The dwarf planet Ceres, an enigmatic rocky body inhabiting the main asteroid belt between Mars and Jupiter, is rich with ice just beneath its dark surface, scientists said on Thursday in research that may shed light on the early history of the solar system.
The discovery, reported in a pair of studies published in the journals Science and Nature Astronomy, could bolster fledgling commercial endeavors to mine asteroids for water and other resources for robotic and eventual human expeditions beyond the moon.
NASA's Dawn spacecraft has been orbiting Ceres, the largest of thousands of rocky bodies located in the main asteroid belt, since March 2015 following 14-month study of Vesta, the second-largest object in the asteroid belt.
The studies show that Ceres is about 10 percent water, now frozen into ice, according to physicist Thomas Prettyman of the Planetary Science Institute in Tucson, Arizona, one of the researchers.
Examining the makeup of solar system objects like Ceres provides insight into how the solar system formed. Compared to dry Vesta, Ceres is more like Enceladus and Europa, icy moons of the giant gas planets Saturn and Jupiter respectively, than Earth and the other terrestrial planets Mercury, Venus and Mars, Prettyman added.
Scientists are debating if Ceres hides a briny liquid ocean, a prospect that may put the dwarf planet on the growing list of worlds beyond the solar system that may be suitable for life, said Dawn deputy lead scientist Carol Raymond of NASA's Jet Propulsion Laboratory in Pasadena, California.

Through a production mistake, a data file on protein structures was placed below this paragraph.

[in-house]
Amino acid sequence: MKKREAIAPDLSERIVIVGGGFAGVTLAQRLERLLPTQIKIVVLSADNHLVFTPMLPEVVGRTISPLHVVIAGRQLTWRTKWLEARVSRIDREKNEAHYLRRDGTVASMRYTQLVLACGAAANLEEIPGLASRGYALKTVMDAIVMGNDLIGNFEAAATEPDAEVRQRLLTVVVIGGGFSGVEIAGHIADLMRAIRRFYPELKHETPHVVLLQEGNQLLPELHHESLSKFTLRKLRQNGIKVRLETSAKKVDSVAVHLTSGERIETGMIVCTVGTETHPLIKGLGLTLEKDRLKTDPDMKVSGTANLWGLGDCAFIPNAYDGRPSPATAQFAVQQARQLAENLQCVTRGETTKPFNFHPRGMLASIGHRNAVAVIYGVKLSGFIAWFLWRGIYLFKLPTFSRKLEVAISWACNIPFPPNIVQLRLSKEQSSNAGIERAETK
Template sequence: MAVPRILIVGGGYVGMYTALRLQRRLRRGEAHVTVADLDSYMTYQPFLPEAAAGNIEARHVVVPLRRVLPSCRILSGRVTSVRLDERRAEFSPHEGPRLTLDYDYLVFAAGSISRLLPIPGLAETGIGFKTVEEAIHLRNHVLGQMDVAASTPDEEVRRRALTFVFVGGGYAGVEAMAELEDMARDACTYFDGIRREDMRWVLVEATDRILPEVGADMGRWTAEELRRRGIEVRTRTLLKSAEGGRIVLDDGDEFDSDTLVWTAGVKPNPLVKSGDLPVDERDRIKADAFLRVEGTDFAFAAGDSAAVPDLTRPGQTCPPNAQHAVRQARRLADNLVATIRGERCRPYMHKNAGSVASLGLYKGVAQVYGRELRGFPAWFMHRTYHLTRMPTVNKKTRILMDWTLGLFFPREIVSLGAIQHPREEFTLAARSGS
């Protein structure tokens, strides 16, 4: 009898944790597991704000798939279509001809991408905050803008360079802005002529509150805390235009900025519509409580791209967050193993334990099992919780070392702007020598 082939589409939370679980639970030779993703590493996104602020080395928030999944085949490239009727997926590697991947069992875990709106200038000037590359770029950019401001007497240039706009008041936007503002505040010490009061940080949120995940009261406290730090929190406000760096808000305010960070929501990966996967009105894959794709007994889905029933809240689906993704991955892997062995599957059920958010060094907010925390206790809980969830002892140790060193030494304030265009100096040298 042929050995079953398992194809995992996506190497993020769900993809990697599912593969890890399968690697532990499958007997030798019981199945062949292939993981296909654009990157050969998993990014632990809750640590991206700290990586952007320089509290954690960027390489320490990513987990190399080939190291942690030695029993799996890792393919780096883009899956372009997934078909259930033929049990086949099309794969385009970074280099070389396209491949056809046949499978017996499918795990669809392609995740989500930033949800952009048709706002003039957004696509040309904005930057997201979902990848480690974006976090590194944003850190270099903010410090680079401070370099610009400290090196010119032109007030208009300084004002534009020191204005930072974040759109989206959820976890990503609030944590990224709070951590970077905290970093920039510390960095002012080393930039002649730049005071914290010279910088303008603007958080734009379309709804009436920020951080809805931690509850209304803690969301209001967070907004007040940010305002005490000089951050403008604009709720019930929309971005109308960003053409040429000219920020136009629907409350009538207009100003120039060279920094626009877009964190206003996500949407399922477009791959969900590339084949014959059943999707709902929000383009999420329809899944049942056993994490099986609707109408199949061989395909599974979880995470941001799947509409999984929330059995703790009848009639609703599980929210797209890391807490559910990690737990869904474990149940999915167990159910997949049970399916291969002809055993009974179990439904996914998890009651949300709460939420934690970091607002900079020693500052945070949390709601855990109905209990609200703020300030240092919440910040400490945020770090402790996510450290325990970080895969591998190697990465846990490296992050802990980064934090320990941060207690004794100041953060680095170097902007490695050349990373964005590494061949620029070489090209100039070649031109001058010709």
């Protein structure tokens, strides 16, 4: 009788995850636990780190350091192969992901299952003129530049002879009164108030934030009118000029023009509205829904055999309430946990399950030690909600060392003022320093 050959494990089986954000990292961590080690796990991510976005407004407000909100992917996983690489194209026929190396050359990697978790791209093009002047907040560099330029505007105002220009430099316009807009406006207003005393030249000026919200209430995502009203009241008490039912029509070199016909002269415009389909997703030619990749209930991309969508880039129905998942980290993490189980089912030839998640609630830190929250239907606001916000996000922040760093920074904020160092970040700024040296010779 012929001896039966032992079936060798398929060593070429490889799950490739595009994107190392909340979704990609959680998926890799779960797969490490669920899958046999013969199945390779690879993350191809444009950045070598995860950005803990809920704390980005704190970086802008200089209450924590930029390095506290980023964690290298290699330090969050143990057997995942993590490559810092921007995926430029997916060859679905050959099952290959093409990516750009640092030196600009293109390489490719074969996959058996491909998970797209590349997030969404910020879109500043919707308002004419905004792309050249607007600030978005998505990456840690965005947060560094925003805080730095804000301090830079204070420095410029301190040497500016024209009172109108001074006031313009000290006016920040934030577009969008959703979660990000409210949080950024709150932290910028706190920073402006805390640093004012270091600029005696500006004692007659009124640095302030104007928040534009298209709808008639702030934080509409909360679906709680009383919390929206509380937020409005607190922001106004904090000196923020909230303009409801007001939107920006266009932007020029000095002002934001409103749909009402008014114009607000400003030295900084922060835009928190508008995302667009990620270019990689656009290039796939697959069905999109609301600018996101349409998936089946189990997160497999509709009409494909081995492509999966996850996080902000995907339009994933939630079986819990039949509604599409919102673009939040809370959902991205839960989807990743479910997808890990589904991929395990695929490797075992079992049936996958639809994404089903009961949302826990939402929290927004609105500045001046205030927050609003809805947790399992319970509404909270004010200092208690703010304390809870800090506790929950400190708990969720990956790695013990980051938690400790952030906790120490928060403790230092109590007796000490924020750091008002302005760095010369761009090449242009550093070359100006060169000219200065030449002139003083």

"By finding bodies that were water-rich in the distant past, we can discover clues as to where life may have existed in the early solar system," Raymond said in a statement.
The finding strengthens the case for the presence of near-surface water ice on other bodies in the main asteroid belt, Prettyman said.
Information collected by Dawn showed that Ceres, unlike Vesta, has been using water to create minerals. Scientists combine mineralogical data with computer models to learn about its interior.
"Liquid water had to be in the interior of Ceres in order for us to see what's on the surface," Prettyman told a news conference at the American Geophysical Union conference in San Francisco.
(Reporting by Irene Klotz; Editing by Will Dunham)